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graphic motif in another set. This seems to mean that the isolated sign stands for the name of the divinity depicted through the iconographic motif. The ‘fig’ + ‘crab’ ligature is thus equated with a male figure armed with bow and arrows, anthropomorphic apart from having a bull’s horns and tail, and with long eyes.

In the Near Eastern scripts, an inserted sign often functions as a semantic or phonetic determinative. If this is the case here, the ‘crab’ sign could indicate that the ‘fig’ sign is not to read with its usual phonetic value as vata ‘banyan tree’. The meaning ‘fig’ is retained, but the phonetic shape of the word is similar to that expressed by the ‘crab’ sign, i.e., ko$ l. Old Tamil, other South Dravidian languages and Tulu possess such a word: ko$ li ‘banyan, pipal, all kinds of fig trees which bear fruit without outwardly blossoming, epidendron, grasping plant (some figs are of this nature)’. The meaning ‘grasping plant’ suggests its derivation from the Proto-Dravidian root kol ‘to grasp, seize’.

But how can the word ko$ li be connected with the Harappan archer- god depicted on the copper tablets? Its basic meaning is ‘grasping epiphytic fig’, and in early Vedic texts such figs — which strangle their host trees and break buildings — are implored for help in crushing enemies. It is a fitting symbol for the war-god Skanda and his Vedic predecessor Rudra. Rudra has been suspected to descend from a Pre- Aryan deity. He is described as a cruel hunter and raider, who with the bow, his characteristic weapon, shoots arrows at cattle and people.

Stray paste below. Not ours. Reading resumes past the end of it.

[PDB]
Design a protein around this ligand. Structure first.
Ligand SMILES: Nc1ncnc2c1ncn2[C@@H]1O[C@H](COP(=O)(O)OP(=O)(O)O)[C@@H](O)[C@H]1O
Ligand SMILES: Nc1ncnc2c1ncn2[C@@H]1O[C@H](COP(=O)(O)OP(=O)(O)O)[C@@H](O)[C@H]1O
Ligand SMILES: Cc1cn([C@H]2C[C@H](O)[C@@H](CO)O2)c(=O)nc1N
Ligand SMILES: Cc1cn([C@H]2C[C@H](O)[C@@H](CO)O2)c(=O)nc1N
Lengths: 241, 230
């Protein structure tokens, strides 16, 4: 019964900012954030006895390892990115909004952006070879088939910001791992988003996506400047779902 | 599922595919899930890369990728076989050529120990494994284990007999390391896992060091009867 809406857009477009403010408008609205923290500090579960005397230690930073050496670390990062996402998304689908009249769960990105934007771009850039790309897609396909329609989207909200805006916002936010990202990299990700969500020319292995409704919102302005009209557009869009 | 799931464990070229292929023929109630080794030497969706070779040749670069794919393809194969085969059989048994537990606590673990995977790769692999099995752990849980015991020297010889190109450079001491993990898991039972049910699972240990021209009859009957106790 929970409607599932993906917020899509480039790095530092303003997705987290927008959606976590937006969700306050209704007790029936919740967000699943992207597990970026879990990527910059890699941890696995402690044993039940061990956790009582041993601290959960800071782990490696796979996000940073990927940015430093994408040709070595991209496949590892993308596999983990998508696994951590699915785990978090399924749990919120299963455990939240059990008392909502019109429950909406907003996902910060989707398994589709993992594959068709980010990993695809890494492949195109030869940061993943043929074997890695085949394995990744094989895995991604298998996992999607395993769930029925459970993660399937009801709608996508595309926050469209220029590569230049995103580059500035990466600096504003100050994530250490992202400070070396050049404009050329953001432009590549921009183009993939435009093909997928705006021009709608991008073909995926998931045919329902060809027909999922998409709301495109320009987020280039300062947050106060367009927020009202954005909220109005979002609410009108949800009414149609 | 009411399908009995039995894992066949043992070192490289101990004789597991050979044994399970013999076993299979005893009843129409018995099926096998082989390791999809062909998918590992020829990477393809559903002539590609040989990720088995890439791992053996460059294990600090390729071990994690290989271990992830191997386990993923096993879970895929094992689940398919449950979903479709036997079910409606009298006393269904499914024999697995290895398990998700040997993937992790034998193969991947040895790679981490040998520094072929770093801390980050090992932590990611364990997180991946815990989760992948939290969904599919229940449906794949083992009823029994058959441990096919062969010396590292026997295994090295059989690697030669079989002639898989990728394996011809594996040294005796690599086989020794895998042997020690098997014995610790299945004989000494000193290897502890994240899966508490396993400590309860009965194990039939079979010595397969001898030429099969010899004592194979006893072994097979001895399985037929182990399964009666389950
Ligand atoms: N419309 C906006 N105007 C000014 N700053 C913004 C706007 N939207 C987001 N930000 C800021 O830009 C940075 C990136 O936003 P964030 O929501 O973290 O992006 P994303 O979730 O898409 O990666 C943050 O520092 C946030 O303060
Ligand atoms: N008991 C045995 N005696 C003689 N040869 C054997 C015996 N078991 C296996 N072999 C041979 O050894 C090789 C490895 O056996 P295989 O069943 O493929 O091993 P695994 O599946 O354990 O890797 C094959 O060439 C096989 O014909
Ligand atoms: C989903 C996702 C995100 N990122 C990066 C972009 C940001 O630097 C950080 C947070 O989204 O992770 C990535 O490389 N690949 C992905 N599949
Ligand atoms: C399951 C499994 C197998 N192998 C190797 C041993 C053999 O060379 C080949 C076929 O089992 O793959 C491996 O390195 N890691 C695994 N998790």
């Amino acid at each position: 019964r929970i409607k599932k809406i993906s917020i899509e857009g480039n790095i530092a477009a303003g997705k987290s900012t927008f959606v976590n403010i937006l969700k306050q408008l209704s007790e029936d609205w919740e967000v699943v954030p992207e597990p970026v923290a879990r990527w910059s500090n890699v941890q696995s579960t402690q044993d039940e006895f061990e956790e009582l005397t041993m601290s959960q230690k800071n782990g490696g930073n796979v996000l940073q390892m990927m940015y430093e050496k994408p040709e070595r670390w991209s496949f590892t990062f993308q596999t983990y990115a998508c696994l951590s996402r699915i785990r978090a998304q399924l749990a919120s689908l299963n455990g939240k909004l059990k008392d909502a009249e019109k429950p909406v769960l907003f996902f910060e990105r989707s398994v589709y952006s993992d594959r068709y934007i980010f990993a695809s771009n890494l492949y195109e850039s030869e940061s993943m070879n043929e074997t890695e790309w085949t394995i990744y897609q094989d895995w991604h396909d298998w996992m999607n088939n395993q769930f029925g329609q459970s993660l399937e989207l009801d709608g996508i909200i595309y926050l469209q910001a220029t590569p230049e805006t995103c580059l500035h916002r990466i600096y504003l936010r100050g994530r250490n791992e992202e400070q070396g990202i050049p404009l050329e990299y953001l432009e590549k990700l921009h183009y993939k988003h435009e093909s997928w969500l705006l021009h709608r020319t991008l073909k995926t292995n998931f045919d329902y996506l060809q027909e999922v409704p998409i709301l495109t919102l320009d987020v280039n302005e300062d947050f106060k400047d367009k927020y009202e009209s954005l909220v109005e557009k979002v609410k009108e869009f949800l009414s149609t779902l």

& Euphemistically, Rudra is called Siva ‘kind, benevolent’ in the Veda.

& Another common name of Siva is Hara ‘seizer, taker, robber’, which is

likewise used of Rudra.44) Sanskrit Hara could reflect the Dravidian word ko$ l ‘seizure, taking, pillage, plunder, robbery’, derived from kol ‘to seize, take, rob’.

The word ko$ li in the sense of ‘a fig tree which bears fruit without outwardly blossoming’ must be compared also with Old Tamil ko$ l ‘the

act of bearing fruit’.45) Both are derived from the root kol ‘to take’, ______________________________ $

  • 44)

    Cf. As& val$ayana-Grhyas$utra 4, 8, 19.

  • 45)

    Cf. Akan$an_ $u_ru 2,1; 162,19; 335,14; 382,10; 399,14.


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